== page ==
* Obama signs bill into law, reopens government
* U.S. Treasury prices rise on debt ceiling news
* European shares seen softer as investors book profits
By Ian Chua
SYDNEY, Oct 17 (Reuters) - Share markets from Australia toJapan drove their indexes to levels not seen in weeks afterlegislators produced a last-minute deal to lift the U.S.government's borrowing limit and dodge a potentiallycatastrophic debt default.
MSCI's broadest index of Asia-Pacific shares outside Japan hit a fresh five-month high and was last up 0.6percent. Tokyo's Nikkei advanced 0.8 percent, havingearlier scaled a three-week peak.
President Barack Obama signed the bill into law on Thursday,averting a deadline by which the Treasury Department said itsborrowing authority would have been exhausted.
U.S. stock index futures dipped in whatappeared to be a buy-on-the-rumour/sell-on-the-fact move, havingalready rallied 1.3 percent overnight.
In an unexpected turn, European stocks were thought likelyto open slightly lower with investors tempted to lock in profitsfrom a late rally on Wednesday, when signs of an imminent dealemerged.
Financial spreadbetters predict Britain's FTSE 100 Germany's DAX and France's CAC 40 would allopen around 0.2 percent lower.
"It sounds counter-intuitive to have such a deflatedreaction but those who took a speculative punt on a deal beingdone will be looking to cash in their chips this morning,"Jonathan Sudaria, a trader at Capital Spreads in London, wrotein a client note.
The dollar index, which tracks the greenback'sperformance against a currency basket, slipped a touch to80.362, pulling back from a one-month high of 80.745.
U.S. Treasuries took the announcement in their stride aswell with U.S. Treasury futures gaining 0.1 percent,while the 10-year benchmark yield slipped to 2.65percent from around 2.68 percent late in New York.
KICKING THE CAN
The deal, however, does not resolve the fundamental issuesof spending and deficits that divide Republicans and Democrats.It funds the government until Jan. 15 and raises the debt limitthrough to Feb. 7, so global markets face the possibility ofanother showdown in Washington early next year.
"The can has been kicked further down the road...the resetbutton has been pushed and we will go thought this all again intwo months time," said Evan Lucas, market strategist at IG inMelbourne.
But Lucas expected "normal trading" to return over thecoming days as the earnings season gets underway.
Still, the resolution couldn't have come at a better timefor companies such as South Korean train maker Hyundai Rotem,which recently launched an initial public offering in what couldbe the country's biggest share sale so far this year.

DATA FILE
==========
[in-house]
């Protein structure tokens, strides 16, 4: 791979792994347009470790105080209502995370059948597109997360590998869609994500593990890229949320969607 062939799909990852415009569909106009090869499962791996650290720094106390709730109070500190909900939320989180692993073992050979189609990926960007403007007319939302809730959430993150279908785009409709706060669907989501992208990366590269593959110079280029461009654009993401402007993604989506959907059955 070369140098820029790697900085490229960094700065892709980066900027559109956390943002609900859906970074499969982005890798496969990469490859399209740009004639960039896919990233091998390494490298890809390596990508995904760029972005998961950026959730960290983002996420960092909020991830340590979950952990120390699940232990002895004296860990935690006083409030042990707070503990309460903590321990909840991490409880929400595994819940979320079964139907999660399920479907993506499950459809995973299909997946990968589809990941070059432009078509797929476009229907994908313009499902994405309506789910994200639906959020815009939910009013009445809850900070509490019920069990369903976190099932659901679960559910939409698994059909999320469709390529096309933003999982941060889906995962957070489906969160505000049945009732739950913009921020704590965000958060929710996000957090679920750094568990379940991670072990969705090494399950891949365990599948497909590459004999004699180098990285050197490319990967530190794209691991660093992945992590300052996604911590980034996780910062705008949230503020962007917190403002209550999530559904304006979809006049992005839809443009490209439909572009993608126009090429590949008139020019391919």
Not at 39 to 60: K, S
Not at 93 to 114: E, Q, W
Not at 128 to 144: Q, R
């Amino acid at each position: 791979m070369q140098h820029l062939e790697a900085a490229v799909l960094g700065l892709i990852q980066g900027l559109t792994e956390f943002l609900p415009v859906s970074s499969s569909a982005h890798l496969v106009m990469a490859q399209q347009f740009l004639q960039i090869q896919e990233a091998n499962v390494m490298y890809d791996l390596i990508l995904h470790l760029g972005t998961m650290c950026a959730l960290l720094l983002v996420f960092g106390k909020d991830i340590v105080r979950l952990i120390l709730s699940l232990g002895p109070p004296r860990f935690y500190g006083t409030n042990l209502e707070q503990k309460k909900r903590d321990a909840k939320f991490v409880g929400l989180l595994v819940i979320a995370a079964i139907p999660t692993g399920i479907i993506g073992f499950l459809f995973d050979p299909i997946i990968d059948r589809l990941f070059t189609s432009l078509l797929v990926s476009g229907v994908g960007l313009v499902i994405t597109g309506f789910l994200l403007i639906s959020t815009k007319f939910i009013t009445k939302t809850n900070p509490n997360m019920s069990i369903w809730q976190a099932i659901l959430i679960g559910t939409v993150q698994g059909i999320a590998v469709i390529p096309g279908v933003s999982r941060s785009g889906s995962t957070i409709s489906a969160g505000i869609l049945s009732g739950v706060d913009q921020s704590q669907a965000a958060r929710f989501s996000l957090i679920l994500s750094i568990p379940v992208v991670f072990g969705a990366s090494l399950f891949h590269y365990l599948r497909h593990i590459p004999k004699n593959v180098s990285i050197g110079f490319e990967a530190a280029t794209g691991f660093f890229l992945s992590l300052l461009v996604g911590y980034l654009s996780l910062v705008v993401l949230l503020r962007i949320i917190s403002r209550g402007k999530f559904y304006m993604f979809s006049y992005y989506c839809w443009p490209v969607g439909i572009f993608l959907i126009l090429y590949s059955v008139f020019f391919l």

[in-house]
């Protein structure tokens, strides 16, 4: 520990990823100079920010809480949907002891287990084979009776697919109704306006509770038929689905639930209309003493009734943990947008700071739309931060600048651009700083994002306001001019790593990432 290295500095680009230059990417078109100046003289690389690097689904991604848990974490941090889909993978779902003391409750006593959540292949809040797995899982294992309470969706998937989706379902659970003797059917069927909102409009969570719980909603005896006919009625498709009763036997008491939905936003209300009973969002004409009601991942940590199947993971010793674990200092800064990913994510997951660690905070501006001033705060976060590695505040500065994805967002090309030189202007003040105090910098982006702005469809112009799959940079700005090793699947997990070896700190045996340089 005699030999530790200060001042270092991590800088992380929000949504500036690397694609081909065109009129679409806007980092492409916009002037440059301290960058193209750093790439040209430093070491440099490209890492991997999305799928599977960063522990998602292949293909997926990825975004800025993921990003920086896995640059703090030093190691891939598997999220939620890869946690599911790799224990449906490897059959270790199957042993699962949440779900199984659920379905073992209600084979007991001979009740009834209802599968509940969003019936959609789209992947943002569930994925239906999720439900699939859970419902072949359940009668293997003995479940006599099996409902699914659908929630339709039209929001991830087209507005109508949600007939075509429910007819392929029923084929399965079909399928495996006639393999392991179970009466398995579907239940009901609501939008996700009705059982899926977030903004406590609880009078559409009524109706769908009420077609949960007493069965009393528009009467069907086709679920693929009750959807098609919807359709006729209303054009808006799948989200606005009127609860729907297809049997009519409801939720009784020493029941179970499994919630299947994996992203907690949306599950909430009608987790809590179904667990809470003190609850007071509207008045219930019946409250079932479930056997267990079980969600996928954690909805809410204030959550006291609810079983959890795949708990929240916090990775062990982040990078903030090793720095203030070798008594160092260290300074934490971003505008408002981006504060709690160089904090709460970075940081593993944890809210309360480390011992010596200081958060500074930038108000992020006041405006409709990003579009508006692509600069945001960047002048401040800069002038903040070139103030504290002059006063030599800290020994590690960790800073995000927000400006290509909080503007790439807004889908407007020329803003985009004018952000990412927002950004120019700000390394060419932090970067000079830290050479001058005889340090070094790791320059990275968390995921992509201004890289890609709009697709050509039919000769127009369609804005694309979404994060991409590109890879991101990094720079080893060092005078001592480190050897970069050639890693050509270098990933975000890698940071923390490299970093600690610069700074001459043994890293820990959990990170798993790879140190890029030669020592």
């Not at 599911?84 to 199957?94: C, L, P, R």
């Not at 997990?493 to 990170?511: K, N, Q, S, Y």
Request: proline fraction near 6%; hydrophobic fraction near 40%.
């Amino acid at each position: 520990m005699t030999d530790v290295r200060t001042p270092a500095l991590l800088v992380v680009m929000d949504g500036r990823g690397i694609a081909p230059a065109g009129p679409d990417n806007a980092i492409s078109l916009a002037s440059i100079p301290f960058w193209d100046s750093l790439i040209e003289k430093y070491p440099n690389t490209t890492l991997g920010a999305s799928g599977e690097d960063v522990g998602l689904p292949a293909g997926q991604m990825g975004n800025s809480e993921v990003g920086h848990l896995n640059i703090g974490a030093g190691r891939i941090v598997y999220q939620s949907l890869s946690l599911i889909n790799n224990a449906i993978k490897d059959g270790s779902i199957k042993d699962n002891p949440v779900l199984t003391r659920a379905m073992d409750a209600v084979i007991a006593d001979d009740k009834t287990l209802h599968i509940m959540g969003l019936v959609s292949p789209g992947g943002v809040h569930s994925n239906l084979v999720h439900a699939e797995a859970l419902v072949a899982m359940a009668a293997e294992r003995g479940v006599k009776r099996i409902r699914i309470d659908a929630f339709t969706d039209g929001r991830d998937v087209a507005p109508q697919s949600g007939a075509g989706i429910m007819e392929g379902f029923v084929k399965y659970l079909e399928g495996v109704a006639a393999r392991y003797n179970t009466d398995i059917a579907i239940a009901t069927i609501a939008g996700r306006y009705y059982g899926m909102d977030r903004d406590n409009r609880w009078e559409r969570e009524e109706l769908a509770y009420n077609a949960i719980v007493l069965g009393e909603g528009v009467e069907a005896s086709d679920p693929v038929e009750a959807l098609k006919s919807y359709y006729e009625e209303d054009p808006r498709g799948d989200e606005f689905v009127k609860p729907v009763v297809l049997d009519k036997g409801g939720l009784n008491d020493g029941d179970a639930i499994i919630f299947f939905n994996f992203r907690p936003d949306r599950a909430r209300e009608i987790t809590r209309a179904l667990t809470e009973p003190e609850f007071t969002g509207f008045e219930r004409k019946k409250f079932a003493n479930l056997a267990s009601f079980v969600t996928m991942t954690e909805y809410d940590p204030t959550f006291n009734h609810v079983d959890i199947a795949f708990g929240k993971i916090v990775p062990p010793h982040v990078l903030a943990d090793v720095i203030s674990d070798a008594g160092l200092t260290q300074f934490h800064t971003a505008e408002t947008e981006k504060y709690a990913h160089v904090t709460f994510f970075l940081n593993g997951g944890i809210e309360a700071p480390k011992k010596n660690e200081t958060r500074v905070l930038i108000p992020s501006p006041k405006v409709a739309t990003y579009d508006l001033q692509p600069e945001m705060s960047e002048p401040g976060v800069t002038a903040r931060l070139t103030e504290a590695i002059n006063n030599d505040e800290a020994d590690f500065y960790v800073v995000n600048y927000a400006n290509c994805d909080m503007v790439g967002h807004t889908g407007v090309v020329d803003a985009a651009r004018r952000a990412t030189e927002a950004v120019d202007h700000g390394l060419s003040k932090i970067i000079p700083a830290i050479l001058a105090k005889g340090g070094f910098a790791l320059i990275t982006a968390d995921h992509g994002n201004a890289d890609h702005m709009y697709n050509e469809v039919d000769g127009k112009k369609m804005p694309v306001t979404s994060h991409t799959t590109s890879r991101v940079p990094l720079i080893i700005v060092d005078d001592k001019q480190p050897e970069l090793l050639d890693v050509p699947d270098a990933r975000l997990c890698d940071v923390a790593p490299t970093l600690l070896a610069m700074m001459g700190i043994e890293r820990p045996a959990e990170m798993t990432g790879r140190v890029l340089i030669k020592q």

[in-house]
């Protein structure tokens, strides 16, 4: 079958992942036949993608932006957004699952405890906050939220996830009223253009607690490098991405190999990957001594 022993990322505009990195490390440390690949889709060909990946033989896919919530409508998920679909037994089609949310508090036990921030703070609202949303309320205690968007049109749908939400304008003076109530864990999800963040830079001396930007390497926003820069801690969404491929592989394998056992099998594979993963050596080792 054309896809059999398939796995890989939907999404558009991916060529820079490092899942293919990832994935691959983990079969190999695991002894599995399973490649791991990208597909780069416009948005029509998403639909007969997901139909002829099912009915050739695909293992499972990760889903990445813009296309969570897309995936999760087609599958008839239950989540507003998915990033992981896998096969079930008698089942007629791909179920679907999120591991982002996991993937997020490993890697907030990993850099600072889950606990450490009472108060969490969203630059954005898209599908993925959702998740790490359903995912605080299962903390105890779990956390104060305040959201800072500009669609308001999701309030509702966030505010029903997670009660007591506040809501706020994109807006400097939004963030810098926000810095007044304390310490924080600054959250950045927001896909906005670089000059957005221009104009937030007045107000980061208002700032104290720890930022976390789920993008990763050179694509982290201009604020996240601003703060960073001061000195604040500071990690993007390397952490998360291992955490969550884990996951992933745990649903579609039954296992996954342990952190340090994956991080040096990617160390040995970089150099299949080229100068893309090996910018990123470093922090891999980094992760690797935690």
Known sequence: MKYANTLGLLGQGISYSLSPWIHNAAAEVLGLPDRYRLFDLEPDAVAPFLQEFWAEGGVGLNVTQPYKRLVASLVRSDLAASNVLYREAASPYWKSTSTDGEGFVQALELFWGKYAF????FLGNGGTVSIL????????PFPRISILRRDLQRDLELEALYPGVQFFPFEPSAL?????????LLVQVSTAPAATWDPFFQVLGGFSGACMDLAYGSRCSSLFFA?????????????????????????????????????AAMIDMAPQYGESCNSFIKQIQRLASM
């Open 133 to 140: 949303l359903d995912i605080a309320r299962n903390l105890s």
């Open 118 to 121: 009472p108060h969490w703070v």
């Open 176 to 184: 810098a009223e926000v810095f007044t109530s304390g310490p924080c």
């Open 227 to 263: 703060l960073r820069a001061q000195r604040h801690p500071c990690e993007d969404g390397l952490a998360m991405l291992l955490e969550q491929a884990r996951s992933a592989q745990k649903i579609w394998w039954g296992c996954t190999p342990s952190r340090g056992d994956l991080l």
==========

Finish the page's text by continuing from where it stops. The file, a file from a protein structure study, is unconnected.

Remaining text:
In the currency market, the improved risk appetite sawinvestors favour high-yielding currencies including theAustralian dollar.
The Aussie dollar hit a 4-month high of $0.9574 andscaled a 4-1/2 month peak of 94.48 yen. It has sincestepped back a notch to $0.9541 and 93.89 yen.
Against the yen, the U.S. dollar briefly reached athree-week high of 99.01, before strong selling interestknocked it back to 98.44. The euro edged up 0.1 percent to$1.3549.
Among commodities, copper slipped 0.5 percent to $7,224 atonne, while gold traded at $1,279 an ounce --struggling to gain momentum in the absence of safety bids. U.S.crude dithered at $102 a barrel.
Many traders are already trying to get past the fiscal dramaand looking to see when a backlog of U.S. economic data,including the September payrolls, will be released when thepartial government shutdown is lifted.
With the manoeuvring in Washington just about over,investors will re-focus on economic news and the timeline forthe U.S. Federal Reserve's tapering of its bond-buying programme-- a major driver of global assets in recent months.
The Fed stunned markets last month by opting to delay thestart of stimulus reduction.
"It will be some time before we are able to get a clear readon the U.S. labour market post-shutdown," said Westpac economistElliot Clarke.
"But a logical expectation given recent events and the lackof a long-term solution is that we will see soft employmentgrowth through the remainder of 2013 and into 2014."
That, Clarke said, is likely to see the Fed maintain adovish tilt, adding the U.S. central bank will very likely haveto downgrade its 2013 and 2014 growth forecasts given the impactof the U.S. government shutdown -- delaying the start of atapering of stimulus by the Fed.
The Fed has two more policy meetings scheduled for 2013, thefirst on Oct. 29-30 and the second on Dec. 17-18.
- Budget, Tax & Economy
- President Barack Obama